The Merchant Adventurers’ Hall has accumulated many treasures over the centuries: art, artefacts, architecture and the stories of those who have passed through its walls. This series seeks to shine a spotlight on the Hall’s incredible collections.
Carved out of a single piece of oak, the Hall’s statue of Napoleon Bonaparte is one of three imported from France in 1822 and is believed to be the only one still in existence. The statue’s original purpose was to advertise snuff, a product of which Napoleon Bonaparte was a great taker, even feeding it to deer at his chateau!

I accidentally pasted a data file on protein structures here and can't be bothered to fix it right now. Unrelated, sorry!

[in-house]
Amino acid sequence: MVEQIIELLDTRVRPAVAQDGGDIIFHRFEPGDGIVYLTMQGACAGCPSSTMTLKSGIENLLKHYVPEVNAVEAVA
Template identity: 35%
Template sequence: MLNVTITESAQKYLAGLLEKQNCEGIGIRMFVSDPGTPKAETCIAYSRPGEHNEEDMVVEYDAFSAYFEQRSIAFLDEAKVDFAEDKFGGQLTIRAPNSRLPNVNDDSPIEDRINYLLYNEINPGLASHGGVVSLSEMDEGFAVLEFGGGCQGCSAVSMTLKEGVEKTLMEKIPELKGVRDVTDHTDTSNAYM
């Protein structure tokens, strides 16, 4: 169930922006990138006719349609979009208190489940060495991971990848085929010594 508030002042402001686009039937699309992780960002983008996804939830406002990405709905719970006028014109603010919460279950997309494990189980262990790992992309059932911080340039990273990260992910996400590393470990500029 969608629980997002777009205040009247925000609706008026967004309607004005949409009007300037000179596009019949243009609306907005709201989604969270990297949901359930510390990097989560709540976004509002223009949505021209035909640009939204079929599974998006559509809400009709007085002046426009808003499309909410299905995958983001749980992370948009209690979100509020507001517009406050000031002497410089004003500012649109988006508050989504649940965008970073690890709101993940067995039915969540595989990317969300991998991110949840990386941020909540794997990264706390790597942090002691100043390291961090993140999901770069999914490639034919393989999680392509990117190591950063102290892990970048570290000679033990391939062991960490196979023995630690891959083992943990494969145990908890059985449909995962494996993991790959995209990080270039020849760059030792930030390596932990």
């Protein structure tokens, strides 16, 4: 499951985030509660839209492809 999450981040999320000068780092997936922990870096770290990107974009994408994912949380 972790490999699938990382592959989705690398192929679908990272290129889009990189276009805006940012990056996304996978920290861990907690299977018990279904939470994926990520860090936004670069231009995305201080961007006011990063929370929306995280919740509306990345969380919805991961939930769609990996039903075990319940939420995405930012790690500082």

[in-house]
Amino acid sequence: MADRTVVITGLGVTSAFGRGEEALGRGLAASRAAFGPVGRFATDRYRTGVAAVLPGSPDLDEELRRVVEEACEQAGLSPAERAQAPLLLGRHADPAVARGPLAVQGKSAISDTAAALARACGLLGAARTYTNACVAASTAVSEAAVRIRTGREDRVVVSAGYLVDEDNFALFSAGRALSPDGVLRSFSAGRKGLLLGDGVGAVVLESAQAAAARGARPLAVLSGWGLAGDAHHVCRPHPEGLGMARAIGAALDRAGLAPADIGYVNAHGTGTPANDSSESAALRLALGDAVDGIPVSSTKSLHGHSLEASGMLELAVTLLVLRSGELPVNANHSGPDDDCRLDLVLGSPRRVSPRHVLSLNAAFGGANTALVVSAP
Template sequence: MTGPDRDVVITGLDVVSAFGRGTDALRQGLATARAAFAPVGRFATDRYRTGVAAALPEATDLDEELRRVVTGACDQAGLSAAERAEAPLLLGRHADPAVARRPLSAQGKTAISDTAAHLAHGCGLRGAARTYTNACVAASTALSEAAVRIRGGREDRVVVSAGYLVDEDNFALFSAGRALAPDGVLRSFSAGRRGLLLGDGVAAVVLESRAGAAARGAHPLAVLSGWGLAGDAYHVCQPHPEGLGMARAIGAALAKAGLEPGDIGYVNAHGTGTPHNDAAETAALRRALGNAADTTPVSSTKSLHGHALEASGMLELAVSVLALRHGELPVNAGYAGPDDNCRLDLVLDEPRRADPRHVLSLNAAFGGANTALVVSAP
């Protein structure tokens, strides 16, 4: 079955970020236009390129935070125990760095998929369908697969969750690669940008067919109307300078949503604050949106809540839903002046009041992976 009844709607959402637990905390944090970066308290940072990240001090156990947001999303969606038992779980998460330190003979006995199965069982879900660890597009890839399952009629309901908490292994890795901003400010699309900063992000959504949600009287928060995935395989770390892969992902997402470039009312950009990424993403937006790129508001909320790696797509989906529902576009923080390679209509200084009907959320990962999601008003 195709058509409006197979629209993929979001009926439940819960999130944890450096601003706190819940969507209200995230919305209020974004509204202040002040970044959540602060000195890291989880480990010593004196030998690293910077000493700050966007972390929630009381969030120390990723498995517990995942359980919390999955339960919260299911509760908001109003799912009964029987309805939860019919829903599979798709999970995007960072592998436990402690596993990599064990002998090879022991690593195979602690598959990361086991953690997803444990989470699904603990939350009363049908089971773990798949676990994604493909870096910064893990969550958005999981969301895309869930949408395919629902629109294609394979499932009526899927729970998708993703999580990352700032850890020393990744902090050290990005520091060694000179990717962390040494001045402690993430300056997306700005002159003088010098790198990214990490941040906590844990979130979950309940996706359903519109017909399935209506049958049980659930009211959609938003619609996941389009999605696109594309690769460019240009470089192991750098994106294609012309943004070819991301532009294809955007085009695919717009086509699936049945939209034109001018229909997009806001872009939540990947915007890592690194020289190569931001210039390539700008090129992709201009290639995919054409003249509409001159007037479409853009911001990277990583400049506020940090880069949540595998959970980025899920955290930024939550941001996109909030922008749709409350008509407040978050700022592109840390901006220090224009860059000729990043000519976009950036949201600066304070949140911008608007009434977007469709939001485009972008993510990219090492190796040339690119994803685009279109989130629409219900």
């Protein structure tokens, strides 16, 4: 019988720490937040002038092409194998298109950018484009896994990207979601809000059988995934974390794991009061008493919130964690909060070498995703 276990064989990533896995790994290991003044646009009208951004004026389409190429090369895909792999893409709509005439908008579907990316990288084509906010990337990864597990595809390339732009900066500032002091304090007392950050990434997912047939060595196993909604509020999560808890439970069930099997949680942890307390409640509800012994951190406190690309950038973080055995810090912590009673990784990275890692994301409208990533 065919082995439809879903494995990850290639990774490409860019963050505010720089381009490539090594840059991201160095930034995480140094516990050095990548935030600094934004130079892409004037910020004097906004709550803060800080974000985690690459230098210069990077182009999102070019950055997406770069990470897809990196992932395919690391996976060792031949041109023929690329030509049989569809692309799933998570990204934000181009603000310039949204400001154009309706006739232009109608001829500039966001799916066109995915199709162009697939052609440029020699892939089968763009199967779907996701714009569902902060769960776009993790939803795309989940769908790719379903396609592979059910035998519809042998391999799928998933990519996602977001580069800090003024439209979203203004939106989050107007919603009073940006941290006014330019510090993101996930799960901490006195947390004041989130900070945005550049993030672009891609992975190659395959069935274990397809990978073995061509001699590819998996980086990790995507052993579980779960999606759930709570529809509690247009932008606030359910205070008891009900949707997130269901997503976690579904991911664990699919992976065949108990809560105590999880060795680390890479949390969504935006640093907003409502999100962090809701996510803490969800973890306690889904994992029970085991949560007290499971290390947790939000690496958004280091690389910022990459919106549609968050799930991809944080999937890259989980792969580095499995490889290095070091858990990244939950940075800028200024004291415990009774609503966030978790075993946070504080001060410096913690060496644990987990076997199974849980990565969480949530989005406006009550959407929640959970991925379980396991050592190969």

Owing to this use, the Napoleon statue has some local fame, having spent a total of 177 years outside Mrs Clarke’s tobacconists in Bridge Street (153 years), and Mrs Judith Thorpe’s tobacconists in Lendal (24 years).
Like his historic counterpart, the statue has certainly had an eventful life. Having faced all manner of weathers and the attentions of hordes of affectionate tourists over the years, he was “captured” before being flung into the River Ouse by a group of celebrating soldiers during the Second World War. Luckily he was saved and fished out of the river at Naburn Lock down stream from York. Also like the real-life Napoleon, the statue has spent some time in custody, staying a night with the Police in a cell after mistakenly being left outside Mrs Thorpe’s shop one evening!
Napoleon joined the Company’s collections in 1997 thanks to the kind loan of Mrs Thorpe and now after a busy two centuries has a much quieter life residing in one of the Hall’s ante rooms.